Besides writing pop fiction (sweet romance, magical romance, and ~ my latest foray into something new ~ spicy sci-fi romance!) I've been at work for more than a decade on a big, sprawling cross-genre work that takes an oblique look at the nature of the mother-daughter bond by examining my late mother's life and our relationship through biography, memoir, and fantasy.
In a recent email conversation with another writer, who's working on a series of mysteries that incorporate magical realism, we talked about making our work understandable. She said, "I am on the precipice currently" about making the novel "more reader friendly/sellable, or something I am proud of as different and unsellable." In response to some critique she'd received, she'd "tried simplicity [but] I didn't like it." She still runs into passages she'd rewritten for this purpose, she said, and I got the impression that they strike a false note for her. She concluded, "I know there is a compromise somewhere..."
|This poem about Older Women by local poet |
Afrose Ahmed seems to fit here.
This is something I've struggled with too. I believe that there is a compromise possible, and one that's ultimately necessary unless one is not just writing for oneself.
It's too easy for us literary writers to get on our high horses and equate salable with selling out. Frankly, I see no virtue in being deliberately unsalable. We are not nihilistic youths who glory in the incomprehensibility of their wails of adolescent angst. We're mature women, women of the world in the best sense, whose writing flows from the well of our rich and deep experience of life.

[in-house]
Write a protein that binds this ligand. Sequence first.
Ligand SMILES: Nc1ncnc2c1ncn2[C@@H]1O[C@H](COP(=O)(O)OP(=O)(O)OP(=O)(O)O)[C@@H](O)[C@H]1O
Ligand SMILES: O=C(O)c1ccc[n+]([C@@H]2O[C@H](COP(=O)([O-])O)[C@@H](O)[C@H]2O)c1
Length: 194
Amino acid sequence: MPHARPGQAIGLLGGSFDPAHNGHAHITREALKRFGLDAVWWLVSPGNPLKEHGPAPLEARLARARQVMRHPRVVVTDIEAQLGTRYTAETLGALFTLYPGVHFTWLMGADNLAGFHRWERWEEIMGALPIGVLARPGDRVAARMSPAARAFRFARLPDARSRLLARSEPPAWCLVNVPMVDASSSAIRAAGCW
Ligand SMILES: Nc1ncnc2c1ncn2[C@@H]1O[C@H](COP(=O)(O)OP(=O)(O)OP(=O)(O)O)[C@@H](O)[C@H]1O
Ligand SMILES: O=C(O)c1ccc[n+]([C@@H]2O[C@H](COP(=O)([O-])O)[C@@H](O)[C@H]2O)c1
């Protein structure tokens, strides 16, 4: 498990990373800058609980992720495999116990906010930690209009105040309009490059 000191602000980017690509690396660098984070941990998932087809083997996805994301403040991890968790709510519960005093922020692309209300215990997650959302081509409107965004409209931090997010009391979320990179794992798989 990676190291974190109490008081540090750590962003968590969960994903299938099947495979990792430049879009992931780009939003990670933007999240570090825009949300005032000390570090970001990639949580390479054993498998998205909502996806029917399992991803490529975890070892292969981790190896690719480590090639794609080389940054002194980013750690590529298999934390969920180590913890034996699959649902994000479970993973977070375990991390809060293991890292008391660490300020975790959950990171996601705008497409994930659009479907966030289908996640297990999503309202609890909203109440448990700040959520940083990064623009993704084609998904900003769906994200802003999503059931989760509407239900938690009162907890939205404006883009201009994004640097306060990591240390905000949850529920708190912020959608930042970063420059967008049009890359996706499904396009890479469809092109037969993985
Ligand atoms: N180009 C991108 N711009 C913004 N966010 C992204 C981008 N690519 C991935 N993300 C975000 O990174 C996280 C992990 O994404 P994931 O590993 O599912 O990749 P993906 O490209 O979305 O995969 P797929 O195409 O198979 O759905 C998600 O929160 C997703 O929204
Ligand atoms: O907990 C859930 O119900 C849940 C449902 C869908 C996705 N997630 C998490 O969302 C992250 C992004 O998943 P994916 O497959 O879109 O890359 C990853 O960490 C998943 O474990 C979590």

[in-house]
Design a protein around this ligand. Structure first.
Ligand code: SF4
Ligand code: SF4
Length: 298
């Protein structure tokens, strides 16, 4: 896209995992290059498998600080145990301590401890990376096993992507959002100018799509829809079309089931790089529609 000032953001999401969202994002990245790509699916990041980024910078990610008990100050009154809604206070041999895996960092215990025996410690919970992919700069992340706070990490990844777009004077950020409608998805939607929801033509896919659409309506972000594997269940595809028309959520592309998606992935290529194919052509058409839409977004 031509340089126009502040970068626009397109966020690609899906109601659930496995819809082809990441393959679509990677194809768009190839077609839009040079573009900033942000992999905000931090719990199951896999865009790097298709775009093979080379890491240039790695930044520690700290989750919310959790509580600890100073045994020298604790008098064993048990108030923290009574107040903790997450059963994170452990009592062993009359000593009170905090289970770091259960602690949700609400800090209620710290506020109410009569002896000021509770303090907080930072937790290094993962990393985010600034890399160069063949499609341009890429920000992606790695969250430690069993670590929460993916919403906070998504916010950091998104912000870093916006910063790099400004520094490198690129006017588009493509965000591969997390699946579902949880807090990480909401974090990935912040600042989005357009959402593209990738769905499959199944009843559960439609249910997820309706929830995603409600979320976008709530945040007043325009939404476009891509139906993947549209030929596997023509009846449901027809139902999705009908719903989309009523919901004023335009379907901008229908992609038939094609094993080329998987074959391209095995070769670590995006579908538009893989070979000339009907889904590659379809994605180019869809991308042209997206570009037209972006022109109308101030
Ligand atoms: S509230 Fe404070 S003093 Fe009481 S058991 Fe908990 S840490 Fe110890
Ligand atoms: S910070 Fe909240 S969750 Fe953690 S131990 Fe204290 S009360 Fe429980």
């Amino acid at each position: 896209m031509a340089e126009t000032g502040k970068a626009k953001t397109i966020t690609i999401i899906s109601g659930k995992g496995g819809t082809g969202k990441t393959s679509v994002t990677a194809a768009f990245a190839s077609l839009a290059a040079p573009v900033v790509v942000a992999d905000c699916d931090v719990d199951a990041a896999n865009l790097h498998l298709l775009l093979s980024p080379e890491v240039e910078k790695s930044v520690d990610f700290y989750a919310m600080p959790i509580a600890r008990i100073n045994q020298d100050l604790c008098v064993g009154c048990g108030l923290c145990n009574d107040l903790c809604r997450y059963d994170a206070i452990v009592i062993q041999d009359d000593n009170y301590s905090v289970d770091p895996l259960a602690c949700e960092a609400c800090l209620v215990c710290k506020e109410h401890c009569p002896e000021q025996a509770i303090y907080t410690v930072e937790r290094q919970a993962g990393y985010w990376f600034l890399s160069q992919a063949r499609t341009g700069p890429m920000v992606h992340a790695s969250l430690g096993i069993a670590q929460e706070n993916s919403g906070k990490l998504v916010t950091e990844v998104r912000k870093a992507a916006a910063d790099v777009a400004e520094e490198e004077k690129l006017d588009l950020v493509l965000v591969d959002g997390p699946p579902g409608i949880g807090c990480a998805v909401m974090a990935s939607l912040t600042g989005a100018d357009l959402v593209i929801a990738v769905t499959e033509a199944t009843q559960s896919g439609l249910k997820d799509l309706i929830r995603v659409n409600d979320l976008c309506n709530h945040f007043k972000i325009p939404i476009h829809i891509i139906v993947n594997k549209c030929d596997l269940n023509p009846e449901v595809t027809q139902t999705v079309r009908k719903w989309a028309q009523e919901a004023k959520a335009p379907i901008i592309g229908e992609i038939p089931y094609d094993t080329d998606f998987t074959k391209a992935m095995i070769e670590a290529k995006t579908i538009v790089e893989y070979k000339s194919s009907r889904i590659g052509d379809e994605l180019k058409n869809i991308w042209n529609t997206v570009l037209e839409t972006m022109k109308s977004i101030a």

Writing something in a deliberately different way because that's the best way you see to tell your story? I'm with you there one hundred percent - as long as it's also accessible to your intelligent readers. Every good book is ultimately a partnership between writer and reader. If you are writing something unusual, in content or in format or both, you want readers who are willing to try something new, and also willing to maybe work harder than usual to understand what they're reading. Those readers are worthy of your respect.
Accessibility has little to do with being sellable, and nothing to do with being publishable (anyone can publish anything these days). It's about communication. If my purpose in writing a book is to communicate something of my vision to others, then I do my best to make sure that those others I want to reach can follow what I am telling them. I don't oversimplify; I don't dumb anything down, but I try always to remember that the reader does not have the same insight into my vision that I have. It's my job to convey the vision to the reader's understanding.
This is where critique is vital. Whenever I have to explain what I've written to my critique partners, then at least some of my other readers are bound to be confused by it too ~ and I won't be on hand to explain it to them.
So it's up to me to do everything I can, short of oversimplifying, to avoid confusion. Sometimes it's just a question of tweaking the word order, or of making new word choices, but it's very hard work! Writing a romance story is a stroll in the park compared to that labor.